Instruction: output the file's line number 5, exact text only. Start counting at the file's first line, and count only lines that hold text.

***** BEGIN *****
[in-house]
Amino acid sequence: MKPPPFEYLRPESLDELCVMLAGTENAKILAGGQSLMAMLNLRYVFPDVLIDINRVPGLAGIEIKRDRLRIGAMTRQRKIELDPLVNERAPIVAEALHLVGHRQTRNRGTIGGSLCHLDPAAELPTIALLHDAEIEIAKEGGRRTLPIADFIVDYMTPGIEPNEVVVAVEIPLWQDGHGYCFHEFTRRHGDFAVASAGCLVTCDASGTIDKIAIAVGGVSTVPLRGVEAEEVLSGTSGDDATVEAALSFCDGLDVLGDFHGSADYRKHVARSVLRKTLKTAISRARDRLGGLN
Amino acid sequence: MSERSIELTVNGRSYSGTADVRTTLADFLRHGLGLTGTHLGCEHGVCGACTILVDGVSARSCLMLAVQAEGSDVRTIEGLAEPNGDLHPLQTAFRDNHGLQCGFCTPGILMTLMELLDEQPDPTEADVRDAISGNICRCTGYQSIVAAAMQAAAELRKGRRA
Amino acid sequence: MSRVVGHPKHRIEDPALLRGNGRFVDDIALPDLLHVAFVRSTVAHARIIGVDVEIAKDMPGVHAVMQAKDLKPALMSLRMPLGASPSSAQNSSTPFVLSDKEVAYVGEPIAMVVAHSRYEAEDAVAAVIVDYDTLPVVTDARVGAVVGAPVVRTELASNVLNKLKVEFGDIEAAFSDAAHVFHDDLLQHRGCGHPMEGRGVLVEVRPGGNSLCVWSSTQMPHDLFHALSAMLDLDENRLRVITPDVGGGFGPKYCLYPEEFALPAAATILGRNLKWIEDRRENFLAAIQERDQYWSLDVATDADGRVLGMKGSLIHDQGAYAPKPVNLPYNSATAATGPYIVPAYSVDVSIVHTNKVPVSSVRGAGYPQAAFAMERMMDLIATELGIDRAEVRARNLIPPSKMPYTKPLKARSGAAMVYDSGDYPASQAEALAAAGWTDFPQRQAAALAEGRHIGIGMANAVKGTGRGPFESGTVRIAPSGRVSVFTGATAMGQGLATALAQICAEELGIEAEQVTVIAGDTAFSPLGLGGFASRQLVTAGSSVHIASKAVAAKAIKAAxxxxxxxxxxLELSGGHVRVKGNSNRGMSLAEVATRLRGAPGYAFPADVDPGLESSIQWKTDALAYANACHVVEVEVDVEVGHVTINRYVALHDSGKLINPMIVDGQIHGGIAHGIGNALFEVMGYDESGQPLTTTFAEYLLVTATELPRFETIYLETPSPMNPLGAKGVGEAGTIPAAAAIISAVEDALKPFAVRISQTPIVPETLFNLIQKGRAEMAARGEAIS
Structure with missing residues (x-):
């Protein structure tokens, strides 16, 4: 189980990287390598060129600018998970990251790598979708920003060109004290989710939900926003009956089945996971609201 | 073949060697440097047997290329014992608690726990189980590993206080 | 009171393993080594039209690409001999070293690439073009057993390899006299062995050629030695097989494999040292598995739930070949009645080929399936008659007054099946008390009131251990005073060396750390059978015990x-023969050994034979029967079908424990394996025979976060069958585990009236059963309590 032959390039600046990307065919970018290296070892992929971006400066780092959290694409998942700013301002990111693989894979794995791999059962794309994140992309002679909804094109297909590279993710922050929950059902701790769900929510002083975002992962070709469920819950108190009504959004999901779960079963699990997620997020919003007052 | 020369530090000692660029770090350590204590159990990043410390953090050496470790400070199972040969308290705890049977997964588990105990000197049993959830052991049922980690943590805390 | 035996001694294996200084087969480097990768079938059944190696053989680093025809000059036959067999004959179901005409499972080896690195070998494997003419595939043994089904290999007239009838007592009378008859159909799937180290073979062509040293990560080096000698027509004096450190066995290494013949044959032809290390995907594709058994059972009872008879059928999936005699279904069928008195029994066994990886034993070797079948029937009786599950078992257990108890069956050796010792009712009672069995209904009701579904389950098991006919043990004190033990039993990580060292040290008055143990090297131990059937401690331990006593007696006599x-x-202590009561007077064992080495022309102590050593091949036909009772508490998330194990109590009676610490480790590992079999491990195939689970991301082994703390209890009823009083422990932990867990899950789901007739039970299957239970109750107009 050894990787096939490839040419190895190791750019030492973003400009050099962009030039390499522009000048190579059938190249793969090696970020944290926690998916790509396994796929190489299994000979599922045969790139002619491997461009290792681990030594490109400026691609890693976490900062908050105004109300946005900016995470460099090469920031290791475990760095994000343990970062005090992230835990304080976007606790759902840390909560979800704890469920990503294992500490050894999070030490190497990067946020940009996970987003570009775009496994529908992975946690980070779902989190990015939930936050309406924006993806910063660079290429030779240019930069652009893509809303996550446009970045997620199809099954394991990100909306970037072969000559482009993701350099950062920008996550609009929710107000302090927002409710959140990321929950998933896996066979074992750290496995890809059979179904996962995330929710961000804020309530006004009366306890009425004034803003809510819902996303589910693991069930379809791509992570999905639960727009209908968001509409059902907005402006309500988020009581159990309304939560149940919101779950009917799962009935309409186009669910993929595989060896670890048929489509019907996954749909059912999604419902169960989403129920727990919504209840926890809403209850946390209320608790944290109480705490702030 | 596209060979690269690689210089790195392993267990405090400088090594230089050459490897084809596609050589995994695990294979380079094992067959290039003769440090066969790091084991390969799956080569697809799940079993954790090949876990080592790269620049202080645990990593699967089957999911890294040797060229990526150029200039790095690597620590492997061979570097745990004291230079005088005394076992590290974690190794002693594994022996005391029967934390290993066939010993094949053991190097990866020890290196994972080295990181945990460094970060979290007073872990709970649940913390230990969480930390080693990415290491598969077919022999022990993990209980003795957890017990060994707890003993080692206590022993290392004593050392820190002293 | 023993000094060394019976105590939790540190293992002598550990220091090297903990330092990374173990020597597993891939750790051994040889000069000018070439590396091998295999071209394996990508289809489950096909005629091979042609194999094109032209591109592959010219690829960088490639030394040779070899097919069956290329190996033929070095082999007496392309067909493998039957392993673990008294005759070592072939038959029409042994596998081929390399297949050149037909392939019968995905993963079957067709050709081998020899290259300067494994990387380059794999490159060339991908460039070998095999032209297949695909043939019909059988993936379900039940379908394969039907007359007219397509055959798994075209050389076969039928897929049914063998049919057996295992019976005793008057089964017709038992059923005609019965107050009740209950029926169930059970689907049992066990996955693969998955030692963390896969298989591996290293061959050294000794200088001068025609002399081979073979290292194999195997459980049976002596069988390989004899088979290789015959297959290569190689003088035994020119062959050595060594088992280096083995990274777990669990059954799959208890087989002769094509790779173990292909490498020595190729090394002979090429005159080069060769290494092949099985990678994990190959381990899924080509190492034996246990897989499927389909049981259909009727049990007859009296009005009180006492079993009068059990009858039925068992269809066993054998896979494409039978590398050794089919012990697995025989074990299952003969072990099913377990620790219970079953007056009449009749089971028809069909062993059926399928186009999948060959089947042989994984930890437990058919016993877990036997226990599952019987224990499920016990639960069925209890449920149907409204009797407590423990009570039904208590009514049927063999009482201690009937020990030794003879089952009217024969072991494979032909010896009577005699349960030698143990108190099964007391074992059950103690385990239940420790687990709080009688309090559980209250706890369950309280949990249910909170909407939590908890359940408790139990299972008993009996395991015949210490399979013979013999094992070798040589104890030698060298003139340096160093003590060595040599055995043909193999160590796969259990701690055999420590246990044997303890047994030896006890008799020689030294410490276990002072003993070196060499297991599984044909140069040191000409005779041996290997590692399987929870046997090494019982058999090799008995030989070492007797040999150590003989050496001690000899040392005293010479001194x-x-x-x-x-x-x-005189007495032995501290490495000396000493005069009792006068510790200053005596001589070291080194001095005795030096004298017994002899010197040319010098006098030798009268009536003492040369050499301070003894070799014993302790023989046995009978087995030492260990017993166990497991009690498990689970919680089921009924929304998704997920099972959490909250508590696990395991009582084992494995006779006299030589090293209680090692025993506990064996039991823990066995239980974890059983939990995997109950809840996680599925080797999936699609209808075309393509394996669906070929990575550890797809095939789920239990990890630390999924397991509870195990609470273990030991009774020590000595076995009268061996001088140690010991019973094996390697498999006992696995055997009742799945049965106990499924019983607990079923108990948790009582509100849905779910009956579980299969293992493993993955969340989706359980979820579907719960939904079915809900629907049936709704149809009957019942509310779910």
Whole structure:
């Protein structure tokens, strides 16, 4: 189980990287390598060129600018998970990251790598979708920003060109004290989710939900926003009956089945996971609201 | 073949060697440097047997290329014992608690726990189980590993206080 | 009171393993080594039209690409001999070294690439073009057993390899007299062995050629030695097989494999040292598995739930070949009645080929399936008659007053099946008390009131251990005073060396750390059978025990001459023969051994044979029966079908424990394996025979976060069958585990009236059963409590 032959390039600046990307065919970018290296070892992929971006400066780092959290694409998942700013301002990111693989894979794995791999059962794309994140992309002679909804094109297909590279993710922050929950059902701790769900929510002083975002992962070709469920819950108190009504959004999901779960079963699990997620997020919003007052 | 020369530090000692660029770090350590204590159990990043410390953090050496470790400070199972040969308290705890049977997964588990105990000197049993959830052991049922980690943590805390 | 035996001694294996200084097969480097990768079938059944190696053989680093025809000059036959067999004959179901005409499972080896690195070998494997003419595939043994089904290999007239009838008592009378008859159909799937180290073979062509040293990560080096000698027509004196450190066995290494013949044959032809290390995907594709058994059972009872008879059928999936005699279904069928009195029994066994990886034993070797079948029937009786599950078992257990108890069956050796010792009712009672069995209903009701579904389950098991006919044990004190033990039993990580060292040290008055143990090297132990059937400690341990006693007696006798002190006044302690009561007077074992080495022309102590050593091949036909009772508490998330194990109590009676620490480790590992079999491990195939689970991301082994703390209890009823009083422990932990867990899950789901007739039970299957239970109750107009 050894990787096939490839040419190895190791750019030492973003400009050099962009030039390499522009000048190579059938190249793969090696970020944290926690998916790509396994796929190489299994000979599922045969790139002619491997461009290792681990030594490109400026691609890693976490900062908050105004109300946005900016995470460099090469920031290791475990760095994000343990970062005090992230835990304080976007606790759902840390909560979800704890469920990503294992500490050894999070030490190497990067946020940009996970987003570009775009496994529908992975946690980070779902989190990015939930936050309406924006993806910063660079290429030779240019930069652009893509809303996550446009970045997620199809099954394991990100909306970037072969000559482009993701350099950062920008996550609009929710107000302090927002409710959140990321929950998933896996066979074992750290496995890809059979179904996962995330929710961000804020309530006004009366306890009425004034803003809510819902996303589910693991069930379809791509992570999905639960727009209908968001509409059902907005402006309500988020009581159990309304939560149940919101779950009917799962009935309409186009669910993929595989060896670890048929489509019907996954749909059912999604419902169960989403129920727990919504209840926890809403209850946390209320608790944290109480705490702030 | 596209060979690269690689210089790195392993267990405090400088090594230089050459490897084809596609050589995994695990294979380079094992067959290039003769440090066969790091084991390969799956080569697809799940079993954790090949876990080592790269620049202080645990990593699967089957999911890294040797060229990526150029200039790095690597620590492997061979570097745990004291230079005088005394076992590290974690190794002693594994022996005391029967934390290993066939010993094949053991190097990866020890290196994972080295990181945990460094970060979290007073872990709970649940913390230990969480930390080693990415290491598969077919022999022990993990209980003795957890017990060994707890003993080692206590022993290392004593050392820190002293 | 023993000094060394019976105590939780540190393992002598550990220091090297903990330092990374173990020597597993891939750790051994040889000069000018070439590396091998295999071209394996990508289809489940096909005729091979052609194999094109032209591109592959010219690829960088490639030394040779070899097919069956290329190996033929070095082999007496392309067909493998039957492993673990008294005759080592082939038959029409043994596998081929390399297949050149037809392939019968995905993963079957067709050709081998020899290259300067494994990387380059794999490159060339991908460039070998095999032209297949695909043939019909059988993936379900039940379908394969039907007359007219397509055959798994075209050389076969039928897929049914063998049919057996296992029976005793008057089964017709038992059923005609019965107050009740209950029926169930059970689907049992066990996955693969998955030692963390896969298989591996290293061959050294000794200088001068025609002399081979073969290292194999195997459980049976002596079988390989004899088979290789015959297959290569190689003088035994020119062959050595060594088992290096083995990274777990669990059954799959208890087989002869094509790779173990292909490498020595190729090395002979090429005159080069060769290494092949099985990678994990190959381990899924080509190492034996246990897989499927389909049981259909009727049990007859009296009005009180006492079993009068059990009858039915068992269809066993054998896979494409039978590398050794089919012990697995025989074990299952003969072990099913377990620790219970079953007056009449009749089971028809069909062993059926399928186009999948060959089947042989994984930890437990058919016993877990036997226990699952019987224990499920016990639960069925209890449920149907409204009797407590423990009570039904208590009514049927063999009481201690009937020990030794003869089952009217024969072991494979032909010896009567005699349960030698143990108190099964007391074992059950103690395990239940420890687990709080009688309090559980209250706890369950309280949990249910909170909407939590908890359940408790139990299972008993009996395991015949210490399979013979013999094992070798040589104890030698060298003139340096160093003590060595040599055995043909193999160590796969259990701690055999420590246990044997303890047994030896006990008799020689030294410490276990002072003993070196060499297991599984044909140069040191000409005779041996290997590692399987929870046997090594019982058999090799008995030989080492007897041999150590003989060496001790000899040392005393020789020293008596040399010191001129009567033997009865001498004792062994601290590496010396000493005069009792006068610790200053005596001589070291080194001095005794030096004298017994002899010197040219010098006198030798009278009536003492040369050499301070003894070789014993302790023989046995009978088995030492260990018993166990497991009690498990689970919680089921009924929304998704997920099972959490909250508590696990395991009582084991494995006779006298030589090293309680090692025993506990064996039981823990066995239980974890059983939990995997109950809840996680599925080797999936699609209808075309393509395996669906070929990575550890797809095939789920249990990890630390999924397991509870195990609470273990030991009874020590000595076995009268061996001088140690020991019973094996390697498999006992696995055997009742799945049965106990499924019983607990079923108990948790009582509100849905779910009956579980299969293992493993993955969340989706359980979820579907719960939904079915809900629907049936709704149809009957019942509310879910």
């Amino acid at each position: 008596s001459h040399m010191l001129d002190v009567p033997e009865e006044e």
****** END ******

Structure with missing residues (x-):